To give within the limits of a single chapter a _résumé_ of a doctrine
that claims to review and to reconstruct the whole of economic theory is
clearly impossible, and we shall merely attempt an examination of two of
Marx’s more essential doctrines, namely, his theory of surplus labour and
value and his law of automatic appropriation, more familiarly but less
accurately known as the law of concentration of capital. The first is
based upon a particular conception of exchange value and the second upon
a special theory of economic evolution. To employ Comtean phraseology,
the one belongs to the realm of economic statics, the other to the domain
of economic dynamics.


The laborious demonstration which follows will become clearer if we
remind ourselves of the objects Marx had in view. Marx’s aim was to
show how the propertied class had always lived upon the labour of the
non-propertied classes—the possessors upon the non-possessing. This was
by no means a new idea, as we have already made its acquaintance in the
writings of Sismondi, Saint-Simon, Proudhon, and Rodbertus. But the
essence of the criticism of these writers was always social rather than
economic, the institution of private property and its injustice being
the chief object of attack. Karl Marx, on the other hand, deliberately
directed the gravamen of the charge against economic science itself,
especially against the conception of exchange. He endeavours to prove
that what we call exploitation must always exist, that it is an
inevitable outcome of exchange—an economic necessity to which both master
and man must submit.

It is convenient to begin with an examination of economic value. Marx
lays down the doctrine that labour is not merely the measure and cause
of value, but that it is also its substance. We have already had occasion
to note how Ricardo was somewhat favourably inclined to the same view,
though hardly willing to adopt it. There is no such hesitation on the
part of Marx: it is all accepted in a characteristically thorough
fashion. Of course, he does not deny that utility is a necessary
condition of value and that it is really the only consideration in the
case of “value in use.” But utility alone is not enough to explain value
in exchange, since every act of exchange implies some common element,
some degree of identity between the exchanged commodities. This identity
is certainly not the result of utility, because the degree of utility is
different in every commodity, and it is this difference that constitutes
the _raison d’être_ of exchange. The common or homogeneous element which
is contained in commodities themselves heterogeneous in character is the
quantity of labour, great or small, which is contained in them. The value
of every commodity is simply the amount of crystallized human labour
which it contains, and commodities differ in value according to the
different quantities of labour which are “socially necessary to produce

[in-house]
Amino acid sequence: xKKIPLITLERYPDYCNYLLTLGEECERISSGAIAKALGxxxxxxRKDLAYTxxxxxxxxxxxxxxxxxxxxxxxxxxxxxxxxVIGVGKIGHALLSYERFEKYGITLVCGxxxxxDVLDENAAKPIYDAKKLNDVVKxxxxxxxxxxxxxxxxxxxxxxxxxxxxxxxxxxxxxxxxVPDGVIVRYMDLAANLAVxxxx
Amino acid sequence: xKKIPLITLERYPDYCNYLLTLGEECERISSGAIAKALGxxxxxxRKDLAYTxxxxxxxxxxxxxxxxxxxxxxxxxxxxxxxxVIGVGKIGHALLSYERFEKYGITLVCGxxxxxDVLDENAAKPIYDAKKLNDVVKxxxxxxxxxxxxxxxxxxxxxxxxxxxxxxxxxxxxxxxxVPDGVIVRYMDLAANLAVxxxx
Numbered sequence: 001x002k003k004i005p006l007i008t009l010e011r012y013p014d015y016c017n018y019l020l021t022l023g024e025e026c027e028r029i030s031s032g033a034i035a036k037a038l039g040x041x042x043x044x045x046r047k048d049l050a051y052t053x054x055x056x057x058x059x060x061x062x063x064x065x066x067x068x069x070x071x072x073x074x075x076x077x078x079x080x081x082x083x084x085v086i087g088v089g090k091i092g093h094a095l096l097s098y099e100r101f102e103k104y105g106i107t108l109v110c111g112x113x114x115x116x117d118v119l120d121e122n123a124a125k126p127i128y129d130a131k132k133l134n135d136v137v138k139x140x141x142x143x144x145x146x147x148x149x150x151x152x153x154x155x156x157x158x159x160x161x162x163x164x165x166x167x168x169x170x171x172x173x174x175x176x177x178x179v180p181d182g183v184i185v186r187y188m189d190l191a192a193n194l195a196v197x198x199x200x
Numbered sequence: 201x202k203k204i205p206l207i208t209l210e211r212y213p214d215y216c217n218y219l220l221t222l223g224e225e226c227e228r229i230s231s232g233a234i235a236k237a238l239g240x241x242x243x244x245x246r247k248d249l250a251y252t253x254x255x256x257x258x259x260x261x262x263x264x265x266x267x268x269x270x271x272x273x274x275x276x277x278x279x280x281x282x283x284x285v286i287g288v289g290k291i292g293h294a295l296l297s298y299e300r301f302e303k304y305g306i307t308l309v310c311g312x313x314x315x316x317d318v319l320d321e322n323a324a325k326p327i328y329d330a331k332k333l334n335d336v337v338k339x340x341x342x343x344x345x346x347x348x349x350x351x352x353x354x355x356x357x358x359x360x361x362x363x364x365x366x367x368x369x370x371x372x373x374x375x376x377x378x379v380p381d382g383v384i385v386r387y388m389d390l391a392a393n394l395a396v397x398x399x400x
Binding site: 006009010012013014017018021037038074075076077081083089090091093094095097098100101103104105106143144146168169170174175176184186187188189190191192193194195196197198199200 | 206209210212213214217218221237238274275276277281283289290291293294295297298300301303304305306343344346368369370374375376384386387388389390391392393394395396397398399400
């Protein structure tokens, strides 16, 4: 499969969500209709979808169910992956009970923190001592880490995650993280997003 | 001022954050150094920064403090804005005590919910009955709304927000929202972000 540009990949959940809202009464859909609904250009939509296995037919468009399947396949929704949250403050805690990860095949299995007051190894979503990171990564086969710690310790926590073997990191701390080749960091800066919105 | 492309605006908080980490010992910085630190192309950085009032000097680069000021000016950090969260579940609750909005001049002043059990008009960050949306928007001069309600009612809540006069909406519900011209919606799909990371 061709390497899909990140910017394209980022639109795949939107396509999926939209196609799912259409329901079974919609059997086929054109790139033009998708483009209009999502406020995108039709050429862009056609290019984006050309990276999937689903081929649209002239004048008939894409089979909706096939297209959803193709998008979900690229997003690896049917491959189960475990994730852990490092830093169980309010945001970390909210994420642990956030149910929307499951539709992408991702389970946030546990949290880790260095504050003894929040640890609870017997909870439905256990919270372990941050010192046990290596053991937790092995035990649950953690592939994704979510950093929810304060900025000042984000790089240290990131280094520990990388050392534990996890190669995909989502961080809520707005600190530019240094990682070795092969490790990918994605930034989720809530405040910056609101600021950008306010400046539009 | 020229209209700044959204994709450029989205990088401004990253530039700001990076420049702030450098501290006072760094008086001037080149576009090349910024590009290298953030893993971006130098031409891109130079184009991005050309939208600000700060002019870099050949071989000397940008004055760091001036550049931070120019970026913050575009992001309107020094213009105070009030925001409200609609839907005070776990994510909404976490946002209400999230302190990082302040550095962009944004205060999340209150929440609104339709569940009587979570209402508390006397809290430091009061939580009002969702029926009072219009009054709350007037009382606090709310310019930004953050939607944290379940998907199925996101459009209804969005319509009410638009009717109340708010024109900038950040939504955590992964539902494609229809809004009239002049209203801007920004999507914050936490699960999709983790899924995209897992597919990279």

Let us take the case of a working man, an employee in any kind of
industry, working ten hours a day.

What will be the exchange value of the produce of his labour? It will be
the equivalent of ten hours’ labour, whether the commodity produced be
cloth or coal or what not. And since the master or the capitalist, as
Marx always calls him, in accordance with the terms of the wage bargain,
reserves for himself the right of disposing of that commodity, he sells
it at its real value, which is the equivalent of ten hours’ labour.

The worker himself is cut off with a wage which simply represents the
price which the capitalist pays for his labour force (_Arbeitskraft_),
and the capitalist reserves to himself the right of disposing of the
commodity at his own good pleasure. Its value is determined in the same
way as that of every other exchangeable commodity. Labour-force or manual
labour is just a commodity, and its value is determined by the number of
hours of labour necessary for its production.[966]

“The quantity of labour necessary to produce the labour-force” is a
somewhat formidable expression, and it is very difficult for any one who
is beginning a study of Marx to appreciate its significance, but it is
very essential that we should try, since everything turns upon a clear
understanding of this phrase. But it is really not so mysterious after
all. Suppose that instead of the labour of an artisan we take the work
of a machine. No engineer would be surprised if we asked him the running
expenses of that machine, and he might reply that it was costing one or
two tons of coal per hour or eight or twelve _per diem_; and since the
value of the coal merely represents a certain amount of human labour on
the part of the coal-miner, there would be no difficulty in expressing
it in terms of labour. Under the wage system the labourer is simply a
machine, differing from the latter merely in the smaller quantity of
wealth which he produces. The value of an hour’s labour or a day’s toil
can be measured by the quantity of necessaries required to keep the
worker in full productive efficiency during that period. Every employer
who pays wages in kind—which is still the case in agriculture—always
makes that kind of calculation, and even when the worker is paid a money
wage things are much the same, for the money simply represents the cost
of those necessaries.

Let us proceed a step farther. The value of the commodities necessary for
the upkeep of labour is never equal to the value of the produce of that
labour. In the instance given it would not equal the value of ten hours’
labour—perhaps not even five. Human labour under normal conditions
always produces more than the mere value of the goods consumed.[967]